Pet Adoption Tip #2: Understand the definition of “commitment.”
[kuh-mit] , verb
“To bind or obligate, as by pledge or assurance; pledge: to commit oneself to a promise; to be committed to a course of action.”
When you bring home a new pet, you are making a commitment to fulfill the needs of that animal for as long as it lives. You are obligated to provide for it, at whatever cost, in sickness and in health,’ til death do you part. You may have to pass up on the new apartment you REALLY want because you have to find one where your furry family members are allowed. You might have to rent a commercial carpet scrubber and pay extra vet bills because your cat has a bladder infection and has been soiling outside the litterbox. You might have to read some books on dog training or even take classes so your dog will be a better canine citizen.
On my application there is a question that asks, “Under what circumstances would you give up this pet?” It’s a trick question. Sitting innocently at the bottom of the first page, you don’t realize that the purpose of the query is simply to determine whether or not you understand the commitment you are making. The answer to this question can end the adoption process. I have added to my application a question asking what you think the life expectancy is for this animal, to see if you are aware how long your new pet may be in your life. For cats, life span can max out at 15 to 20 years. Dogs average 8-15 years depending on breed. Rabbits, anywhere between 5-10 years. Guinea pigs, 3-7 years. Rats, 2-3 years. To us, the amount of time we have these animals is very short even from baby to old age, but it’s “forever” to them. (Then there are the long-lived pets; small birds such as parakeets can live to 15 years or more and large birds, like macaws, can live to be a hundred. Are you really sure you are ready to commit to spending the rest of your life with this animal, meeting its needs through all your life changes and aging? If not, don’t!) Ask yourself where you’ll be in three years, or seven, or ten or 20 and whether or not you see that pet in that future image.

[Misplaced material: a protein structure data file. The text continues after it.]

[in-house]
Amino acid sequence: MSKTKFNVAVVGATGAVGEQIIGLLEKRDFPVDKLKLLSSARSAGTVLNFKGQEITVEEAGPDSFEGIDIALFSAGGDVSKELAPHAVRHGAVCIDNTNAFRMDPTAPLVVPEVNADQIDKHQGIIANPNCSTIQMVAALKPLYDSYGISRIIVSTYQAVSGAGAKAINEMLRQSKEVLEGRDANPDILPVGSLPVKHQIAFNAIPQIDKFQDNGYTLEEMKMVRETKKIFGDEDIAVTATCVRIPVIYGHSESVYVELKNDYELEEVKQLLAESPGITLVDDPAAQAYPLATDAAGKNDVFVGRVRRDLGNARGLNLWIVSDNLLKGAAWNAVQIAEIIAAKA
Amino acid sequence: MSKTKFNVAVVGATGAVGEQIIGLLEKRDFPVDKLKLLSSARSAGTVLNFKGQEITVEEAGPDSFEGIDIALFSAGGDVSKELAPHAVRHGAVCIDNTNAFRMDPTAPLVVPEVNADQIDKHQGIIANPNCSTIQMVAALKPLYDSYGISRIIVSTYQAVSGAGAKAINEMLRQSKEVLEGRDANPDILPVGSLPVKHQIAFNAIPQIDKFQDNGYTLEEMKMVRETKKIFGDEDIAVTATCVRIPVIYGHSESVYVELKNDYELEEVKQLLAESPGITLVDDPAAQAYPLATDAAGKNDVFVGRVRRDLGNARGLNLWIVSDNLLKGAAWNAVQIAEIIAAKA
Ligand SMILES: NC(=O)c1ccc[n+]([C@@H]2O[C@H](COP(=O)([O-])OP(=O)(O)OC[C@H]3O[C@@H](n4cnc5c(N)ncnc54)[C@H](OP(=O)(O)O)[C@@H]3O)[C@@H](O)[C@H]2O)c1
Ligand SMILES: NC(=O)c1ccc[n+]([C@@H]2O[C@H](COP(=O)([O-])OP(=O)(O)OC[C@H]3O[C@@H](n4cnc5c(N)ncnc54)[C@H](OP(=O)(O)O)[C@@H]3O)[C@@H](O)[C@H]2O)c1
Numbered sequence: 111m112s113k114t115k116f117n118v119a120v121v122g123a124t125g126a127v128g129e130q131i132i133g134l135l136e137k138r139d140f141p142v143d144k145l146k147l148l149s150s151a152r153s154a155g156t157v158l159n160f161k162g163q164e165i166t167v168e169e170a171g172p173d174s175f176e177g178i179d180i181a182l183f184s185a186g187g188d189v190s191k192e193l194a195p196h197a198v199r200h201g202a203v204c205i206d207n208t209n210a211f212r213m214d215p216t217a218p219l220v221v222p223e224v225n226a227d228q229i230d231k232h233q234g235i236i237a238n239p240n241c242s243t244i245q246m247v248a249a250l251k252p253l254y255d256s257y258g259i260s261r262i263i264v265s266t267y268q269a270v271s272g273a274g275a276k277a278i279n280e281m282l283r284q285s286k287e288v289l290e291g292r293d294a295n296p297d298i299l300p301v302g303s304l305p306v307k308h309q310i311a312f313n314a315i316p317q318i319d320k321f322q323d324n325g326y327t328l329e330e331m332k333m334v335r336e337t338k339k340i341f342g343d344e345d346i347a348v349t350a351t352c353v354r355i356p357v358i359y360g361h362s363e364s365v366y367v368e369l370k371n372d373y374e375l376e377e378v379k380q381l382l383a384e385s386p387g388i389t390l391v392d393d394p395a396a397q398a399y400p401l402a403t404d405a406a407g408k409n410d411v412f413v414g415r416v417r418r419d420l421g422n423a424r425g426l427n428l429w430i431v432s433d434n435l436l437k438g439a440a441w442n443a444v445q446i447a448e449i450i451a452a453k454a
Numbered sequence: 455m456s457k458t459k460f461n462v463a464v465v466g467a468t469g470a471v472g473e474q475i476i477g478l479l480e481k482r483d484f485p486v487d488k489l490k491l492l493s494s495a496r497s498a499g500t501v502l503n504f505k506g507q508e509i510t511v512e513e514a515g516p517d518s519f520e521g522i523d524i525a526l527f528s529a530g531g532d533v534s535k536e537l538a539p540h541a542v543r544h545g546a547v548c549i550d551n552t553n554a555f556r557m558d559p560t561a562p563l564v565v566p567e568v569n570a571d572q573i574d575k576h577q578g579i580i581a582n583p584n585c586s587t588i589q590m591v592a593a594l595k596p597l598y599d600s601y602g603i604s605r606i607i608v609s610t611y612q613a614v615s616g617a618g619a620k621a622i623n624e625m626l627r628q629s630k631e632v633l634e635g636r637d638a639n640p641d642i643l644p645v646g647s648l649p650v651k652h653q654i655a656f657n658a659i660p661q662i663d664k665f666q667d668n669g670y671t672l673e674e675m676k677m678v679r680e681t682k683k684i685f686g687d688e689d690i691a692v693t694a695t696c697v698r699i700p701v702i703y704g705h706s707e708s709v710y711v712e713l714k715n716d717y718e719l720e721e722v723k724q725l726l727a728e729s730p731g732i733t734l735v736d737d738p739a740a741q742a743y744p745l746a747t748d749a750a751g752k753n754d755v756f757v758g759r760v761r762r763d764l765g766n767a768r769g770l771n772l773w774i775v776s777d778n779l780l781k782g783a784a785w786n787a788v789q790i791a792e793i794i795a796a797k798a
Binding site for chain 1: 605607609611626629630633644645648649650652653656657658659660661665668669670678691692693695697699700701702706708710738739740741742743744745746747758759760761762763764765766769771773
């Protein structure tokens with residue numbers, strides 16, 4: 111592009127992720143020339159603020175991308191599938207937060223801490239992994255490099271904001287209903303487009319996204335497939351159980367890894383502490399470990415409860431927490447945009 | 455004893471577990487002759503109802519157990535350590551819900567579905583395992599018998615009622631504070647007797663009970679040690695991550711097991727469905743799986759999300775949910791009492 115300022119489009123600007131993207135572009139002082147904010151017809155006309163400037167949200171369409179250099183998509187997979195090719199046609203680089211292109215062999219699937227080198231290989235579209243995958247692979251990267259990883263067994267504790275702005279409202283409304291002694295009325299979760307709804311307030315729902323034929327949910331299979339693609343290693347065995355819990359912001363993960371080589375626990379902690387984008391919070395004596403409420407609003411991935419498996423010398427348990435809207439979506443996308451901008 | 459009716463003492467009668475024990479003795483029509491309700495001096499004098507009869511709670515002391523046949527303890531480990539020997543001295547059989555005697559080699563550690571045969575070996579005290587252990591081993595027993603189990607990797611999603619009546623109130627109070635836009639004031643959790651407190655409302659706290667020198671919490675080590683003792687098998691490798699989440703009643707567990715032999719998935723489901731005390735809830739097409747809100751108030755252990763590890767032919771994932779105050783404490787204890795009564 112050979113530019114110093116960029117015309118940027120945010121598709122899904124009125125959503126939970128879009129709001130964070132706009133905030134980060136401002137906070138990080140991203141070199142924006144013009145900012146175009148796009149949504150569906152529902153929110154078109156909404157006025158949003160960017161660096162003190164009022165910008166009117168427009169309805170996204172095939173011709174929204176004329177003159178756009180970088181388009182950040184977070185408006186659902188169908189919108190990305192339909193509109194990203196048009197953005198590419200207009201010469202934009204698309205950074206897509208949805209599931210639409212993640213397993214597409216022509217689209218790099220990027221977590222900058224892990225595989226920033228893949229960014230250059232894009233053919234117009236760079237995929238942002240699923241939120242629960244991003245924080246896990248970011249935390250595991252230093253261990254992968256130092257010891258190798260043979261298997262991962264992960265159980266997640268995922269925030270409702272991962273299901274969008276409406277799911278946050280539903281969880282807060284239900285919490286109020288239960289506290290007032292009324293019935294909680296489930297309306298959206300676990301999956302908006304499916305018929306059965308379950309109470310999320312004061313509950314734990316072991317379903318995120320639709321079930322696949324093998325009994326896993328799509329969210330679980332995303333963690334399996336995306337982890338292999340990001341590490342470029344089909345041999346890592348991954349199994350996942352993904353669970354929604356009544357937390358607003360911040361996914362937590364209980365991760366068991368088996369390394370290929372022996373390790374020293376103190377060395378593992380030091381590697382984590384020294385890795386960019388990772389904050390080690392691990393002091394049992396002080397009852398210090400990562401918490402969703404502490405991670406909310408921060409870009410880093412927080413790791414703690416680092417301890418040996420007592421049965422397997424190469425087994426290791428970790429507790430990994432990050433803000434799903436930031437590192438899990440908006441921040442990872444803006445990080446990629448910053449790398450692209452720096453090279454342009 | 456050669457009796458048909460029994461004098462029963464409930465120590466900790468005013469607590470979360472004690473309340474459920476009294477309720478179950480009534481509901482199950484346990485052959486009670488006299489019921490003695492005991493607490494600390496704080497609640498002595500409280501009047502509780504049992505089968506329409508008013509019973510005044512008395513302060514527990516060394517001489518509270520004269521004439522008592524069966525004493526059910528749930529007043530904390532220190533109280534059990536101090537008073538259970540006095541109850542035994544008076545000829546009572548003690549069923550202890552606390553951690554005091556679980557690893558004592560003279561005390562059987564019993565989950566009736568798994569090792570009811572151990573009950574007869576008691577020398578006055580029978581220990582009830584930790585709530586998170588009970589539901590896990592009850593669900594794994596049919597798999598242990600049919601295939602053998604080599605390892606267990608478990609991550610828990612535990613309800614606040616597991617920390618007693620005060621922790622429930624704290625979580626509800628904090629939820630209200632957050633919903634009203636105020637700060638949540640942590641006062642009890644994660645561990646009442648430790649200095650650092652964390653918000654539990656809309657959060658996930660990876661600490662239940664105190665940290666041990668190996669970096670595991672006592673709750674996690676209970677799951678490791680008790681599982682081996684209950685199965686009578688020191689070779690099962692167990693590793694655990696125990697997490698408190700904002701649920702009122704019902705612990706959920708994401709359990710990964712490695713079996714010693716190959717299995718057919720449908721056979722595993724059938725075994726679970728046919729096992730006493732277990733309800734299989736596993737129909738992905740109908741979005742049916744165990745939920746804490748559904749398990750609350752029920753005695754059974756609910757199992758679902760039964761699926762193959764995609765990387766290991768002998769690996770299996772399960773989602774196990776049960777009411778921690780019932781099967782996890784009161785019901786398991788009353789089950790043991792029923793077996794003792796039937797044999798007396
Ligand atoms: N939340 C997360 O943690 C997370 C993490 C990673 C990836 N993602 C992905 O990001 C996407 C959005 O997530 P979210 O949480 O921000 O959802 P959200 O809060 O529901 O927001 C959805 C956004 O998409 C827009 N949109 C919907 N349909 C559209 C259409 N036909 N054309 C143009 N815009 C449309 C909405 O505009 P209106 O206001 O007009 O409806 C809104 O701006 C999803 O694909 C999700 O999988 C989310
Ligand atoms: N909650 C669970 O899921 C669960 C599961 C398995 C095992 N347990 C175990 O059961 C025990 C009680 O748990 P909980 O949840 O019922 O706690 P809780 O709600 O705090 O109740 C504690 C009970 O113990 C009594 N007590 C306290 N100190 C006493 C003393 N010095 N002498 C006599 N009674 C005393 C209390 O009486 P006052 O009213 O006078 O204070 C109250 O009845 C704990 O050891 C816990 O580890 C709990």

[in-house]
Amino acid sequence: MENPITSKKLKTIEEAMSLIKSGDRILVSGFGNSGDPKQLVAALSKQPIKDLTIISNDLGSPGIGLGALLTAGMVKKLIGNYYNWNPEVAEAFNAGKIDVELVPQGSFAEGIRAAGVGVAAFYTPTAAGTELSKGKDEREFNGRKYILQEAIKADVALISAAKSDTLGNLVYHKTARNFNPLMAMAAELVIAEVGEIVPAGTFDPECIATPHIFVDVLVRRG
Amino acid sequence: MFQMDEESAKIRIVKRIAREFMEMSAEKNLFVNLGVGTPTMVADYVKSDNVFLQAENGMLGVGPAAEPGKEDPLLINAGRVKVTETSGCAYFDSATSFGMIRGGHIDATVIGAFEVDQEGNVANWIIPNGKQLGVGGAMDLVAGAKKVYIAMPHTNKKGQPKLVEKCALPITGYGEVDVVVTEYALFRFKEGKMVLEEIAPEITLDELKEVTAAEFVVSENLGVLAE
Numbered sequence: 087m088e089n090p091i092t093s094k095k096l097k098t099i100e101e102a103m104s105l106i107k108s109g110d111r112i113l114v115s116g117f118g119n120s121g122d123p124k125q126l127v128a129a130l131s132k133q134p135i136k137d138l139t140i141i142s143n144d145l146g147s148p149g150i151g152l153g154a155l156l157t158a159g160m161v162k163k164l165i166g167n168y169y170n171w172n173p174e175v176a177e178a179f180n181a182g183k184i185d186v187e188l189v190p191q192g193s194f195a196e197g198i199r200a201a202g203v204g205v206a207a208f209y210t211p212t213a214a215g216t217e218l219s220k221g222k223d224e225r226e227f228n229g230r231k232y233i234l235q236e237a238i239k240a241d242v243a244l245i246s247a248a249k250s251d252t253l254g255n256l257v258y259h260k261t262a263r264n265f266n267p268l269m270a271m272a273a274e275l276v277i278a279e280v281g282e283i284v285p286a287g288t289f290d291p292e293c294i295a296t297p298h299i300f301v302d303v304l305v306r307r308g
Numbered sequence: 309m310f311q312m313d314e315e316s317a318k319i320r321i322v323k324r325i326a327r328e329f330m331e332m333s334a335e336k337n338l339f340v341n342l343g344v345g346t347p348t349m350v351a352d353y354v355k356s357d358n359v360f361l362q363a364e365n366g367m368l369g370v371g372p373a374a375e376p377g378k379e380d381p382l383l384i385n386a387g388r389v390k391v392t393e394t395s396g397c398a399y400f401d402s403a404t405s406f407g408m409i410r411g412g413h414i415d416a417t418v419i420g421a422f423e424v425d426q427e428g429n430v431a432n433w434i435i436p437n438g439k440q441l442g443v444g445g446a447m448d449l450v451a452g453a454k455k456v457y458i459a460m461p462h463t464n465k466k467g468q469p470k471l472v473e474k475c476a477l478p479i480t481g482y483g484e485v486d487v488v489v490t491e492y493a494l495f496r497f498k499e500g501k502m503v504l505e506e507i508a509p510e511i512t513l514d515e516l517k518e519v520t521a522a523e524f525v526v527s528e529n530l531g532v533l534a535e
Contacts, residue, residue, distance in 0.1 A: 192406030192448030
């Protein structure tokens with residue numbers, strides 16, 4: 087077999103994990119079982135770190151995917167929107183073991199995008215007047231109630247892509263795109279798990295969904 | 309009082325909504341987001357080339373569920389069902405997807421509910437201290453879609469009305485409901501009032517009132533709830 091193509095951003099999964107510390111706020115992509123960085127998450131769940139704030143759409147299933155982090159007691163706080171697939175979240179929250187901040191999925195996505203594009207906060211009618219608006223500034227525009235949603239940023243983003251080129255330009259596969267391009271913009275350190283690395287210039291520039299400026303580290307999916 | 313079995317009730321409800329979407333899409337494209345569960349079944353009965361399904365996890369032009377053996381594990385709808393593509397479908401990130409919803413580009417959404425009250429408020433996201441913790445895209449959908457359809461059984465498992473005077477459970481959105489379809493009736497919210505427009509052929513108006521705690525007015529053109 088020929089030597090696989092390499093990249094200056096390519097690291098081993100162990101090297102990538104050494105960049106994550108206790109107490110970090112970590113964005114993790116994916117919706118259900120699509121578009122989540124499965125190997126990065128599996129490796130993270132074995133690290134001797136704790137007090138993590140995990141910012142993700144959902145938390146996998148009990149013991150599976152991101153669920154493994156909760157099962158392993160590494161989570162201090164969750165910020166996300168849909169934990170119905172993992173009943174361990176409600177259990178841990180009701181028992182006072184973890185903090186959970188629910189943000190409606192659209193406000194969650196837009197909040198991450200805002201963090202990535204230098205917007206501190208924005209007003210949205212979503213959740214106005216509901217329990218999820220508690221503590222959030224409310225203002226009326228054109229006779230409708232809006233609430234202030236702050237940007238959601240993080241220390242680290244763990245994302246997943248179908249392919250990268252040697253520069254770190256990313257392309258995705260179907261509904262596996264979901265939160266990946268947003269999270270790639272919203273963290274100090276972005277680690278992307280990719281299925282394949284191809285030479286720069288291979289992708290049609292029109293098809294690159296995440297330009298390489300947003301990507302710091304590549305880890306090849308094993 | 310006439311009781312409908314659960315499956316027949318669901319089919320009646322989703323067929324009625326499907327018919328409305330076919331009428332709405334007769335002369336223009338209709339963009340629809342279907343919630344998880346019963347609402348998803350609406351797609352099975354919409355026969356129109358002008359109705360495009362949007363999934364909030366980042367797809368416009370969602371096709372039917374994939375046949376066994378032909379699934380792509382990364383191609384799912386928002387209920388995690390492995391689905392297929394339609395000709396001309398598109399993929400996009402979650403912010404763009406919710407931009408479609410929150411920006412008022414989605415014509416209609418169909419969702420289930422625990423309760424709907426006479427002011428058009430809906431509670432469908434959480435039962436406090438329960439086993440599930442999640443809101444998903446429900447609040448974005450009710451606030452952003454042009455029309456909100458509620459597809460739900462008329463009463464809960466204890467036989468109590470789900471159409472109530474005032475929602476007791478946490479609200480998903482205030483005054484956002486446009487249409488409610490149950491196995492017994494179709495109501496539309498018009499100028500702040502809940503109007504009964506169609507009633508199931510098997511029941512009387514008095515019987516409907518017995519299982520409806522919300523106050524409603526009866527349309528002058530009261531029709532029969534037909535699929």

Adoption contracts state that you understand that this animal is now your responsibility and you are the caretaker, protector and provider. So when you see “Under what circumstances would you give up this pet?” on my application and you respond with “Not housebroken,” “Going outside litterbox”, etc, you are showing me that you don’t understand what a commitment is. Housebreaking is something you must teach. Litterbox issues are most often related to medical problems. This is par for the course with pet ownership and you should expect to have to provide training, veterinary care, and meet the basic needs of this animal. How can you expect perfection from a pet when they can’t expect basic responsibility from you?
In my last Pet Adoption Tips blog post, I talked about “return policies” and how having a “temporary” mindset sets adoptions up for failure. If we go into adoptions with the firm understanding of what our responsibilities are and the attitude that we will be there for our pets for the rest of their years, there will be no issue that we can’t overcome.
Adoption groups call us “forever homes” for a reason.